Brewed For Battle: Kolsch

Categories: Brew Review

Jonathan McNamara
Erica O'Neil holding this week's winner.
At what point does one elevate from merely drinking beer to being a full-on beer snob? Answer: when you feel compelled to tell other people what to drink. And the inevitable result of this peculiar ailment is the beer argument.

In the spirit of all great beer-related discussions, we present Brewed For Battle; a new series of Chow Bella blog posts that pits a selection of brews from a given style up against each other and lets the taste buds of one layman battle them out. Multiple beers go in. One beer comes out the victor.

This week's battle: Kölsch

The name Kölsch is an appellation -- much like Champagne or Bourbon -- meaning for the beverage to carry the name, it must be brewed in a specific region. In the case of Kölsch, this region is the German city of Cologne, or Köln. Many American brewers, however, have adopted the designation for their own brews.

Regardless of the place of origin, a good Kölsch is clean, crisp and delicate. In truth, the flavor isn't too far in flavor from most light lagers -- though the ale yeast used to create Kölsch imparts subtle fruit flavors and aromas. It's traditionally served in a tall, narrow glass called a Stange.

Zach's Pick: Ballast Point Yellowtail
Ballast Point first confuses with their labeling of Yellowtail: in big letters on the front they call it a pale ale, but explain in the description on the back it was brewed to fit the Kölsch style. One sip of the brew clears up the confusion, however, as this beer can rightly be called a combination between the two. Brewed with more malt and hops than the other offerings, Yellowtail exhibits a nice toasty biscuit flavor balanced by hefty German hops.

Shannon's Pick: Four Peaks SunBru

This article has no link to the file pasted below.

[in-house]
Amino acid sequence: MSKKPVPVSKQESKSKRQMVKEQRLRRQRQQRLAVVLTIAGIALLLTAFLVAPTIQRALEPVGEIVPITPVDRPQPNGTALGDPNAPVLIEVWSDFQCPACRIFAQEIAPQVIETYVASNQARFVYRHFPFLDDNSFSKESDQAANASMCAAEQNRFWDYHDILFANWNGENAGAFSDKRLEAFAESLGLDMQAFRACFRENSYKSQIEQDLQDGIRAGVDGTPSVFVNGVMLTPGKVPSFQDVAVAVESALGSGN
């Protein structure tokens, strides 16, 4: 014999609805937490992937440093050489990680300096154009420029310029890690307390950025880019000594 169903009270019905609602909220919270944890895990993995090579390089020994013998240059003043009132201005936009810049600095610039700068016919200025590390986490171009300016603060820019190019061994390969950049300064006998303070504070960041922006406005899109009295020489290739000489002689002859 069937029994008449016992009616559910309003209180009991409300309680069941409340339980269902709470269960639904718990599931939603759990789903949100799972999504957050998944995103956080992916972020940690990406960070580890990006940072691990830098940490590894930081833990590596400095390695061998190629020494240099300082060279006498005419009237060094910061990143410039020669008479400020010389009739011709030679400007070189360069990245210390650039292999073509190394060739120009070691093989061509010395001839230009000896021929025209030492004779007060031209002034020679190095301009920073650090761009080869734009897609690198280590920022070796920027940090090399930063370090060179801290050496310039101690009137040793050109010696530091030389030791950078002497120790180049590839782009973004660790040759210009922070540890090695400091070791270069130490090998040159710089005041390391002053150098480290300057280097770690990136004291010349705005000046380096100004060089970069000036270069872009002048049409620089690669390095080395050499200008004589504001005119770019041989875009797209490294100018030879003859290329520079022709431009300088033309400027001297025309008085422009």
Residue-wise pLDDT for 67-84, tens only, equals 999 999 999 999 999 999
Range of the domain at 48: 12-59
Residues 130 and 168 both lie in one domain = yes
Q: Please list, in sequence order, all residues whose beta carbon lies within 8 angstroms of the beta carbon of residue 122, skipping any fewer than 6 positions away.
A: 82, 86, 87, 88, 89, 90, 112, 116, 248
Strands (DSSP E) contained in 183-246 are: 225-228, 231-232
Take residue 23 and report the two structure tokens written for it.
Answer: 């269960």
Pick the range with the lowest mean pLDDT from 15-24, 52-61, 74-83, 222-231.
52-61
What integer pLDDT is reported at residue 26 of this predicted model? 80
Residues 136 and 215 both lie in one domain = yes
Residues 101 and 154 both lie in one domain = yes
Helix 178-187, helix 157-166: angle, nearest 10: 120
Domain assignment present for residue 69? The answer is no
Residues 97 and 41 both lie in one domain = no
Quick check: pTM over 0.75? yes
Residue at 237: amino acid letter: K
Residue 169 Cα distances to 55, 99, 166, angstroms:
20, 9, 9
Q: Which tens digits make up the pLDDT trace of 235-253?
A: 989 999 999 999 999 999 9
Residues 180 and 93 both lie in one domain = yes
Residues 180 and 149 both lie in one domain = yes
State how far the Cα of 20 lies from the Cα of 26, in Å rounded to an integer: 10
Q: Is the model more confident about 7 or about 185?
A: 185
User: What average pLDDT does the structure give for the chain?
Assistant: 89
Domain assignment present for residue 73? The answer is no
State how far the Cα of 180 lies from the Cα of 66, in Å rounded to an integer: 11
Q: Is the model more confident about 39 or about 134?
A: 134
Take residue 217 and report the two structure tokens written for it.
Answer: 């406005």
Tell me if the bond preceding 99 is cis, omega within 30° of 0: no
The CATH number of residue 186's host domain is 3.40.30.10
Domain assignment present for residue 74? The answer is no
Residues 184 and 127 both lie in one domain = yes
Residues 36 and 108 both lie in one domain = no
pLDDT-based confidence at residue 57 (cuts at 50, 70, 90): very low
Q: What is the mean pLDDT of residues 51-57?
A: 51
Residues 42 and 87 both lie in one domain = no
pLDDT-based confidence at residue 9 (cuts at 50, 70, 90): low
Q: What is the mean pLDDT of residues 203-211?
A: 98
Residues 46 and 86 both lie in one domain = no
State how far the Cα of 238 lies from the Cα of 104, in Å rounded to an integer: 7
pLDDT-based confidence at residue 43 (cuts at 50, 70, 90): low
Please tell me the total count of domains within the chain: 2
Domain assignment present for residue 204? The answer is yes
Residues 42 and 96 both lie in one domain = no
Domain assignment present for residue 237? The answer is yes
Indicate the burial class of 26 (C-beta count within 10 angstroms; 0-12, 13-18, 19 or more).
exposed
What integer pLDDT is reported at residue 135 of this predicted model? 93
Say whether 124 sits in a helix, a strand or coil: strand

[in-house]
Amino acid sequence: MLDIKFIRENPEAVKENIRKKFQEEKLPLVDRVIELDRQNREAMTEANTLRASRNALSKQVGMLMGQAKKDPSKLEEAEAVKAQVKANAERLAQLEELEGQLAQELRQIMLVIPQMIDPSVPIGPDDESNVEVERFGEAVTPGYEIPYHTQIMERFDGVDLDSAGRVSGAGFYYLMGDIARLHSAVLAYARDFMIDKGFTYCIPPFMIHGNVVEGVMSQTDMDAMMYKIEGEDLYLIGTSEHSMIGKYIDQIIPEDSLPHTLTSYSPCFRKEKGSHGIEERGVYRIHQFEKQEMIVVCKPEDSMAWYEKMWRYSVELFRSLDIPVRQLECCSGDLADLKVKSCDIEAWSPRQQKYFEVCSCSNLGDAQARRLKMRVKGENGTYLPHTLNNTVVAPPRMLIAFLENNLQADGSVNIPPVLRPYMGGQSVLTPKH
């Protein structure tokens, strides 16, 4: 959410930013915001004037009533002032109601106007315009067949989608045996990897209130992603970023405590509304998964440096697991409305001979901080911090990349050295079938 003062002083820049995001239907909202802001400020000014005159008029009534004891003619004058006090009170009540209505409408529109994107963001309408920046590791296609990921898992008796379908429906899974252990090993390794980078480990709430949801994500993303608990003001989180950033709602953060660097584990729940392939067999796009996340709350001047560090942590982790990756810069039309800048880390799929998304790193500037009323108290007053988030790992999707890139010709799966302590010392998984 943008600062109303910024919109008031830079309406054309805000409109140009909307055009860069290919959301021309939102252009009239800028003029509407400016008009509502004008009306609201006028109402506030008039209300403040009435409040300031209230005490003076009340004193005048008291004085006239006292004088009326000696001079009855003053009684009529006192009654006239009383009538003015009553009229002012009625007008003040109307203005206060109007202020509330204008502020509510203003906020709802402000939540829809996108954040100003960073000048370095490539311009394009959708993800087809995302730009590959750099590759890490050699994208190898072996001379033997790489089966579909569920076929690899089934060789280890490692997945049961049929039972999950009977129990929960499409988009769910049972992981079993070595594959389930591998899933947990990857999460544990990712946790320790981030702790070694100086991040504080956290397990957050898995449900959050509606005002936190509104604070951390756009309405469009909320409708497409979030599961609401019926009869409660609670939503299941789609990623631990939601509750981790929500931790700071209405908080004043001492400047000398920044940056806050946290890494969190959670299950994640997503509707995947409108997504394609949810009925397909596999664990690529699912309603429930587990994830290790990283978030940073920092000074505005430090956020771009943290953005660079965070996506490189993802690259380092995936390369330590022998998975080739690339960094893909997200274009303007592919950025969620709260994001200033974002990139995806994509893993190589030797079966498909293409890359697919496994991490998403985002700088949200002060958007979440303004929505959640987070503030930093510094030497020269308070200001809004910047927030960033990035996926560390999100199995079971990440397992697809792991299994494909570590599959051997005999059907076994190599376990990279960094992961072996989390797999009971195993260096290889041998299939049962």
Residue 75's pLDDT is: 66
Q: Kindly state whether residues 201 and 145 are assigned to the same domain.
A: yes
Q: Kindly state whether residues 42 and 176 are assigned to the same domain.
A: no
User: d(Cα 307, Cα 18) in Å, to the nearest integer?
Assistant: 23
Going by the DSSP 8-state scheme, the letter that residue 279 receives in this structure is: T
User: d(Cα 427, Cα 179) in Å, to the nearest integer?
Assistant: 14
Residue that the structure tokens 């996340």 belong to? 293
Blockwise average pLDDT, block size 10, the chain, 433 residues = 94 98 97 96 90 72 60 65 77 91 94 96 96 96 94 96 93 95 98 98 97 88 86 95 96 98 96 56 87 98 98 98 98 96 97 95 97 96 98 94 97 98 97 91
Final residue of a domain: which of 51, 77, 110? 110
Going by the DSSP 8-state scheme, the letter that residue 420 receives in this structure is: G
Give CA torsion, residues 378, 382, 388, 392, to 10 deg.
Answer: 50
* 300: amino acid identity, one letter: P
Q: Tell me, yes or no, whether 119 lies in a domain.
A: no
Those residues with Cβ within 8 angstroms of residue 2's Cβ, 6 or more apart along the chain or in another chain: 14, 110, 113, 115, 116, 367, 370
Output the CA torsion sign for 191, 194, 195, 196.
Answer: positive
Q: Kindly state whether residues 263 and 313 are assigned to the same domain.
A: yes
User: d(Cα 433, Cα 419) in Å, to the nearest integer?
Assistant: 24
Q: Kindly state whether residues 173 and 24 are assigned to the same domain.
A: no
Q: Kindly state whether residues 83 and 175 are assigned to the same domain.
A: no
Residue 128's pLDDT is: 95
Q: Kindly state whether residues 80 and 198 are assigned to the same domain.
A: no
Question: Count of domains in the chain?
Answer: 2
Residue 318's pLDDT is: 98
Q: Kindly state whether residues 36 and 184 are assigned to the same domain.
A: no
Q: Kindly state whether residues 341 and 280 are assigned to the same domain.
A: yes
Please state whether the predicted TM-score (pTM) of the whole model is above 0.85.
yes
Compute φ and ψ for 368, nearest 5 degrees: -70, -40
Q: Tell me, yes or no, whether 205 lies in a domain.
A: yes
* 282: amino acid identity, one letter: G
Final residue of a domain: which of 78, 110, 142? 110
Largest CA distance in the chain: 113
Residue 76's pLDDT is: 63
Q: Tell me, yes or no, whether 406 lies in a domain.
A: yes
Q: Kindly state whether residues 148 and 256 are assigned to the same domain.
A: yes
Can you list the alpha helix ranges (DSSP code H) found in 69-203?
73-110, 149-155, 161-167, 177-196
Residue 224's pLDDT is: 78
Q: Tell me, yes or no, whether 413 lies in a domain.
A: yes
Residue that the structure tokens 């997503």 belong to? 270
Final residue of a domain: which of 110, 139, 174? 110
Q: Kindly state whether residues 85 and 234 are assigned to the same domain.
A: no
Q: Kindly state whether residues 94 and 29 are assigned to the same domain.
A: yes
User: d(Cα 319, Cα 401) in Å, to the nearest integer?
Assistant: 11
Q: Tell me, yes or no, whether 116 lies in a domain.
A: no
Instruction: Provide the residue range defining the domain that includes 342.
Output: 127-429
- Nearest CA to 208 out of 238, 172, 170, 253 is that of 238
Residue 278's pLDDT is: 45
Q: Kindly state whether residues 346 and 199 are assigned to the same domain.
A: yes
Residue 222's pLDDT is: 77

I get it Four Peaks and I forgive you. You needed a beer to quiet the Bud Light swilling masses that flock to your place in droves wearing maroon and gold. To appease those with no sense of adventure and only know how to order a beer by using the phrase "something light" and Sunbru happened. That being said, I'm not going to bash Sunbru. It's one step up from water and is just a tad too bitter in the end but it does it's job. It's a beer for people that don't drink beer (at least not good beer). And it's not horrible. It's just forgettable. BUT, I will admit it would make a good "river" beer and I'm sure my opinion will change the fist time it hits 115 degrees.

Jonathan's Pick: Reissdorf Kölsch
One can always trust the Germans to make sure a brew is packed full of flavor. Unlike the more pedestrian varieties of Kolsch, the Reissdorf packs a malty, delicious punch. Somehow, though, the beer remains perfectly refreshing; at least enough that you won't mind going through a session of them.

The Layman's Choice: Reissdorf Kolsch

Chow Bella contributor Erica O'Neil preferred the Reissdorf. Here's why:

"In a blind taste test, I wouldn't be able to tell SunBru apart from any other Bud, Miller or Coors. It's not bad; it's just not anything. Yellowtail tasted a bit better, without the weird bite I noticed in the other beers. But it was overly carbonated, and the body wasn't as creamy. The Reissdorf made me want to raise a stein and eat meat off the bone. It's silky, smooth and not overly carbonated."

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Eric P
Eric P

Well, i see that this is a new series, but that was kind of a crap experiment. No mention of the ABV% or IBUs. Nary a mention of appearance or aroma or flavor. Poor explanation of the Kolsch style, which is very little having to do with mass-produced American fizz. I suggest that maybe you rally by sampling Kolshes natural rival, Altbiers, next.

Also, does SunBru even come in cans for river consumption? If not, that was a pointless statement.

Also, if you need a beer researcher -- I'd love to be your guy :) Sorry for the apparent harsh criticism.


Yes Eric, Sunbru comes in cans. I didn't just throw that out there for no reason.


Can't speak for the SunBru, but I know Kilt Lifter is available in cans.

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